Monday, July 28, 2014

US Economy Fails to Gather Momentum Despite Fed Largesse

The International Monetary Fund (IMF) recently cut its forecast for 2014 US GDP growth, from 2% to 1.7%, while maintaining its 3% estimate for 2015. If the IMF’s 2014 forecast proves accurate, it will be the second consecutive year of weaker growth after the US economy expanded at a rate of 2.8% in 2012 and 1.9% in 2013. Since the Fed began its most recent round of quantitative easing, or QE, at the end of 2012, US economic growth has not improved. Sure, we could blame the sequestration in 2013 and a rough winter for the contraction in the 1st quarter, but that seems little too convenient. Bear in mind that the current asset purchase program is the Fed’s third outright QE program and we also had Operation Twist, in which the Fed simultaneously sold shorter maturity bonds while buying longer dated issues. Since Lehman Brothers collapsed in the fall of 2008, the Fed has expanded its balance sheet by nearly $3.5 trillion, with approximately 40% of the increase occurring over the last 19 months. Yet 2014 will be the ninth consecutive year in which US GDP has grown less than 3% and this year is likely to be the sixth year during that stretch in which it has it has grown less than 2%. If the US economy does indeed grow 1.7% this year and 4% next year, which we think highly unlikely, the 10 years from 2006-2015 would be the worst 10-year stretch for the US economy since the 10 years ended in 1954.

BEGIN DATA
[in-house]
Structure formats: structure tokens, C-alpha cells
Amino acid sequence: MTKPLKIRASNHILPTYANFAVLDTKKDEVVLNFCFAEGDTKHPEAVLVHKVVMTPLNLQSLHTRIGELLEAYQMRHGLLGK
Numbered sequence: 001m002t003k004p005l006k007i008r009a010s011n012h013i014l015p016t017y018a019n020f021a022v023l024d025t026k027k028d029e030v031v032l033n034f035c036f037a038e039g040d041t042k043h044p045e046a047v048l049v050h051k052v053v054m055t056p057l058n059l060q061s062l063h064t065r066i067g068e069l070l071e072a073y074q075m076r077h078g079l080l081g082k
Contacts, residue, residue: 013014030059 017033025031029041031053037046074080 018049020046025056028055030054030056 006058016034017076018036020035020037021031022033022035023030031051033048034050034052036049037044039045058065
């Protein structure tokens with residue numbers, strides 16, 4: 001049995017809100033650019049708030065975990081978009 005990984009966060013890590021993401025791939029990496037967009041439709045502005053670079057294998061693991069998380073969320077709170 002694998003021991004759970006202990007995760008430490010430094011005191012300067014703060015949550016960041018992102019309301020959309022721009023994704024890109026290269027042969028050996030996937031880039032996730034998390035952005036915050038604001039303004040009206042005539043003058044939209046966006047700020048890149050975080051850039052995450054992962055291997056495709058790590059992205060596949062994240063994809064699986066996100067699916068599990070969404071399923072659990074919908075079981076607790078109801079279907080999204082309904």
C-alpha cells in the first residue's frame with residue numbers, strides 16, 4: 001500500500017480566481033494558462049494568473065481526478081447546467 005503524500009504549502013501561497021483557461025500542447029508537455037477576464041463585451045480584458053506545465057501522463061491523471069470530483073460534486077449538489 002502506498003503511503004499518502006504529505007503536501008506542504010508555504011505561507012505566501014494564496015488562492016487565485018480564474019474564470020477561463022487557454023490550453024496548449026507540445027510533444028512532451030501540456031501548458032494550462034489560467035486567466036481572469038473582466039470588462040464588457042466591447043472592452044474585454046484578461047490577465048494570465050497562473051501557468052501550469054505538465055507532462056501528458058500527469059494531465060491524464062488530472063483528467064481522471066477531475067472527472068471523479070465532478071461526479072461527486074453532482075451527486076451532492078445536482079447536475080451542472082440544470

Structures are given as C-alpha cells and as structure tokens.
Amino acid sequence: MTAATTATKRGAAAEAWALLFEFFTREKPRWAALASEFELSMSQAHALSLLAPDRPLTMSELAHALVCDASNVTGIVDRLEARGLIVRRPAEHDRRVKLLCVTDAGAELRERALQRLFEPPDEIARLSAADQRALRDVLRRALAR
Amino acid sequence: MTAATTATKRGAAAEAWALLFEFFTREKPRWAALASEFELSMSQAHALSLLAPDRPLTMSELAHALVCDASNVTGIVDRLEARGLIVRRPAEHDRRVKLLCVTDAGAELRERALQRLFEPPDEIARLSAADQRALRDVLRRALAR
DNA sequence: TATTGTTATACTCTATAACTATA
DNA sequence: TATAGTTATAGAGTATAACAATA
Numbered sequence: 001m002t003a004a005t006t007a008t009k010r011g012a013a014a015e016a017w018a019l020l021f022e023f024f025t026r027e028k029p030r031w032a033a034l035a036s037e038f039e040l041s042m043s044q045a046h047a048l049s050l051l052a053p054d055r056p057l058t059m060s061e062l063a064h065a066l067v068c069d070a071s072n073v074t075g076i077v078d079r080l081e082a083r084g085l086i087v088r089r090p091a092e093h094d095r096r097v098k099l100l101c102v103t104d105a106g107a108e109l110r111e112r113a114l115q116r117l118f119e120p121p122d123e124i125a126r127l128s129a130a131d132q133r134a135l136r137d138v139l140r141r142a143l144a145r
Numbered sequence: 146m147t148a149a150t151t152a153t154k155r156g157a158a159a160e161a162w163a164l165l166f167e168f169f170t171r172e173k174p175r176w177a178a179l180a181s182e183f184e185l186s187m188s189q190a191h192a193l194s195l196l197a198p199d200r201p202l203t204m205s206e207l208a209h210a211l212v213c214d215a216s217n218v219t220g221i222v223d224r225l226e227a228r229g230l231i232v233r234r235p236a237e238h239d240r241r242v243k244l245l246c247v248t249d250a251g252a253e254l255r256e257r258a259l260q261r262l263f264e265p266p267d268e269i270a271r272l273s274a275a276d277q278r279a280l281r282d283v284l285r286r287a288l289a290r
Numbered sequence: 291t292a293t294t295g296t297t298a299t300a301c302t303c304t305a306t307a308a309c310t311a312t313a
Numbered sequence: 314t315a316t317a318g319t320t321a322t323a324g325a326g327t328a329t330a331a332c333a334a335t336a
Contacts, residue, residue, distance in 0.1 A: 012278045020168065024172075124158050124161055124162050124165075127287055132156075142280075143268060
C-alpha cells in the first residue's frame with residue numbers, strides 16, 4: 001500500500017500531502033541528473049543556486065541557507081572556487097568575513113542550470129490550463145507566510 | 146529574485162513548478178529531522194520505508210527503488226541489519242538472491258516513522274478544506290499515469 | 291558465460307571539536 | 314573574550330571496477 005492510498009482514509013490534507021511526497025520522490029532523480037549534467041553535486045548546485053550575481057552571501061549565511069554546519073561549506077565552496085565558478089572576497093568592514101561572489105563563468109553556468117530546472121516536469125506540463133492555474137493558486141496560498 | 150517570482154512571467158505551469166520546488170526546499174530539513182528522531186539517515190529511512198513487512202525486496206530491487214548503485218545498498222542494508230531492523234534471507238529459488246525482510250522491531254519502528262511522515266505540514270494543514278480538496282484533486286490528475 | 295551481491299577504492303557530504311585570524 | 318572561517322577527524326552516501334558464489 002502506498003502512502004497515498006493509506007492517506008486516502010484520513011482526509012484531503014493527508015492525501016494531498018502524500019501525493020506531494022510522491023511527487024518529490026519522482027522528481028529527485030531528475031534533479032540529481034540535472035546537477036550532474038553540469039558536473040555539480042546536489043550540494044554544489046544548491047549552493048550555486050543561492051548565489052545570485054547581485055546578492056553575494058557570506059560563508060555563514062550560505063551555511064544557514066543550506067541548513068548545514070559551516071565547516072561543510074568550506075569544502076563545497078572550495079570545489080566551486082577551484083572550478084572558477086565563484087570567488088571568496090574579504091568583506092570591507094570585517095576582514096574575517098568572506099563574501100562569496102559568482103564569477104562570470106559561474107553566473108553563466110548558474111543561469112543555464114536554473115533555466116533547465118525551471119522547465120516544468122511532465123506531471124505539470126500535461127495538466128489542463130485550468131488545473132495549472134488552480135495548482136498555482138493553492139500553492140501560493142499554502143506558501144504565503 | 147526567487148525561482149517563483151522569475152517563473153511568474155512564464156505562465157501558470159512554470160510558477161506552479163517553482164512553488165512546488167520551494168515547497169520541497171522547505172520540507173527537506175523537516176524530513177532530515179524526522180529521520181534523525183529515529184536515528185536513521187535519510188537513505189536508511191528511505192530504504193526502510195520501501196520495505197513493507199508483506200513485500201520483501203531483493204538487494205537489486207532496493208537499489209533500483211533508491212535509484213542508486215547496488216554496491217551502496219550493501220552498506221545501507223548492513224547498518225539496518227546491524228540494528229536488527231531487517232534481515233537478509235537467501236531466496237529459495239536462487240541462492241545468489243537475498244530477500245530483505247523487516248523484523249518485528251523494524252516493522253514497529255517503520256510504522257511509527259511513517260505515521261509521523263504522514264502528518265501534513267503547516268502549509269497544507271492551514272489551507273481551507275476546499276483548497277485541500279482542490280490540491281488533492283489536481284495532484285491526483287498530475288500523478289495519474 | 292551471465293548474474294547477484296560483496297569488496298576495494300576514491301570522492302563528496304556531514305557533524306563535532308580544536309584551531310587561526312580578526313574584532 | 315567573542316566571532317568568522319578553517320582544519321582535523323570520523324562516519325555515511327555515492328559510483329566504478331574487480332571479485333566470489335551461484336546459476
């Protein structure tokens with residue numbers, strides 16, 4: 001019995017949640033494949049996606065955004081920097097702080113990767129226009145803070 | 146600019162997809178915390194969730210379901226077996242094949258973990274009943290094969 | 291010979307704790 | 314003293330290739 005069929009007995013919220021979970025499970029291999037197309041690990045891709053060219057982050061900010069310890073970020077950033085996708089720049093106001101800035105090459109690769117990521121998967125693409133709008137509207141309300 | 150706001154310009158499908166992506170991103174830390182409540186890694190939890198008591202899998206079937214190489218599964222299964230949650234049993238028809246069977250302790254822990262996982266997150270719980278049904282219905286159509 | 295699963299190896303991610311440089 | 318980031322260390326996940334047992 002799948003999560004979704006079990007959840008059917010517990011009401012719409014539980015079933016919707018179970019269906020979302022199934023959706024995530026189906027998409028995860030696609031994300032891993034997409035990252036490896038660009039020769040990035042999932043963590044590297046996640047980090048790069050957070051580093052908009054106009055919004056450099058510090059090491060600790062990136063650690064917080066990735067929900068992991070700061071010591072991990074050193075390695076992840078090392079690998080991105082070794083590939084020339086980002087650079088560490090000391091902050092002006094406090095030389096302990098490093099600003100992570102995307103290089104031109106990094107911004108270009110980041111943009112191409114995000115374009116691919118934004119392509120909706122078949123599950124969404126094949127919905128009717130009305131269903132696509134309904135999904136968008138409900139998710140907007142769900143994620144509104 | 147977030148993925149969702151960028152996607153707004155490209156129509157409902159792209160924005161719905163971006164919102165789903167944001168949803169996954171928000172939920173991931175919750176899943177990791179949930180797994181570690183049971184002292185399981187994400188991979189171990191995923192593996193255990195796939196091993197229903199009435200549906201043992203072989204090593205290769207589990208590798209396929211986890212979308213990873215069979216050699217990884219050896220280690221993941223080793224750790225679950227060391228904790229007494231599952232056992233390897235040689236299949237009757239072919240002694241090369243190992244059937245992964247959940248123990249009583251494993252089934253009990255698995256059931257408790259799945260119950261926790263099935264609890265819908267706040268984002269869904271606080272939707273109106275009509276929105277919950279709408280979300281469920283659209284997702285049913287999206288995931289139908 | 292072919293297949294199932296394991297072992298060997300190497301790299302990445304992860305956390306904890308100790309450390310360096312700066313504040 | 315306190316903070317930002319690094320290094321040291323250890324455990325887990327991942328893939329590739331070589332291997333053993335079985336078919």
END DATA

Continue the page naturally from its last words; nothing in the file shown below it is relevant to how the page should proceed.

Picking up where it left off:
From the 10-years ended in 1955 through the 10-years ended in 2008, median and average rolling 10-year growth rates were always in the 2-4% range and rather consistently in the low-to-upper 3% range. From the 10-years ended in 1984 through the 10-years ended in 2006, the average growth rate was never less than 3% and the median never less than 3.5%. However, over the 10-years through 2015, using the 2014 and 2015 growth assumptions above, the median and average growth rates would be just 1.9% and 1.6%, respectively. Even if you eliminate 2008 and 2009, when the economy contracted, the median and average growth rates from 2006 through 2015 would be just 2.2% and 2.4%, respectively.
The credit crisis, incoherent fiscal policy, structural changes in labor markets, and shifting demographics has taken an enormous toll on the US economy. Unfortunately, aside from the credit crisis, the Fed is not equipped to deal with any of these issues. Therefore, it shouldn’t be surprising that QE has had little effect on the real economy. However, it has had a significant impact on investors’ appetite for risk, as the Fed’s purchases of Treasury and mortgage-backed securities have pushed yield starved investors into far riskier asset classes. So while the Fed has failed to re-inflate the US economy, it has succeeded at inflating financial assets, leaving most asset classes significantly overvalued. As a result, returns on stocks and bonds are likely to be far below long-term historical averages over the next three to five years.